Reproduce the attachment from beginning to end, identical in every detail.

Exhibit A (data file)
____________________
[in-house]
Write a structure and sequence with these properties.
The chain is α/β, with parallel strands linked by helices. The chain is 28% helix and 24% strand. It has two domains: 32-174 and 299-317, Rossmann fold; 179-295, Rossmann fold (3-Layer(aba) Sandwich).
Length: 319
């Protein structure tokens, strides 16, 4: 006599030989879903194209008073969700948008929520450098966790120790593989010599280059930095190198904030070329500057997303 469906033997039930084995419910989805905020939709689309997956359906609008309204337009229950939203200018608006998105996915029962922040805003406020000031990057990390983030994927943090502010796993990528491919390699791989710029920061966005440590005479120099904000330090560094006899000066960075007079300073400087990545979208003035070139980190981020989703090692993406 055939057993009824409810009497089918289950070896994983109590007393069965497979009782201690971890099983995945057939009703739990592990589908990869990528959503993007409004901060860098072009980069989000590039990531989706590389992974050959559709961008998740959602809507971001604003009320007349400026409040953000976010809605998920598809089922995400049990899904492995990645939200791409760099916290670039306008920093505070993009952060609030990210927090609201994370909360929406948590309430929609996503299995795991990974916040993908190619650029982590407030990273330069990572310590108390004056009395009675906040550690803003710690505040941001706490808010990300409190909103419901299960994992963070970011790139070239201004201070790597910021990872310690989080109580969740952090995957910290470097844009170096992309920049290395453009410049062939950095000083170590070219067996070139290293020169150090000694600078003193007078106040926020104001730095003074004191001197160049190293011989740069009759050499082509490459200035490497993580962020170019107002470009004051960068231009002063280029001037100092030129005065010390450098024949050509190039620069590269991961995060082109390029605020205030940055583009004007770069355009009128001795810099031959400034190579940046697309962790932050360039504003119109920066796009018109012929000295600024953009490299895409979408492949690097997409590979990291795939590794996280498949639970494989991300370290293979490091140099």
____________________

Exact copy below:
[in-house]
Write a structure and sequence with these properties.
The chain is α/β, with parallel strands linked by helices. The chain is 28% helix and 24% strand. It has two domains: 32-174 and 299-317, Rossmann fold; 179-295, Rossmann fold (3-Layer(aba) Sandwich).
Length: 319
């Protein structure tokens, strides 16, 4: 006599030989879903194209008073969700948008929520450098966790120790593989010599280059930095190198904030070329500057997303 469906033997039930084995419910989805905020939709689309997956359906609008309204337009229950939203200018608006998105996915029962922040805003406020000031990057990390983030994927943090502010796993990528491919390699791989710029920061966005440590005479120099904000330090560094006899000066960075007079300073400087990545979208003035070139980190981020989703090692993406 055939057993009824409810009497089918289950070896994983109590007393069965497979009782201690971890099983995945057939009703739990592990589908990869990528959503993007409004901060860098072009980069989000590039990531989706590389992974050959559709961008998740959602809507971001604003009320007349400026409040953000976010809605998920598809089922995400049990899904492995990645939200791409760099916290670039306008920093505070993009952060609030990210927090609201994370909360929406948590309430929609996503299995795991990974916040993908190619650029982590407030990273330069990572310590108390004056009395009675906040550690803003710690505040941001706490808010990300409190909103419901299960994992963070970011790139070239201004201070790597910021990872310690989080109580969740952090995957910290470097844009170096992309920049290395453009410049062939950095000083170590070219067996070139290293020169150090000694600078003193007078106040926020104001730095003074004191001197160049190293011989740069009759050499082509490459200035490497993580962020170019107002470009004051960068231009002063280029001037100092030129005065010390450098024949050509190039620069590269991961995060082109390029605020205030940055583009004007770069355009009128001795810099031959400034190579940046697309962790932050360039504003119109920066796009018109012929000295600024953009490299895409979408492949690097997409590979990291795939590794996280498949639970494989991300370290293979490091140099």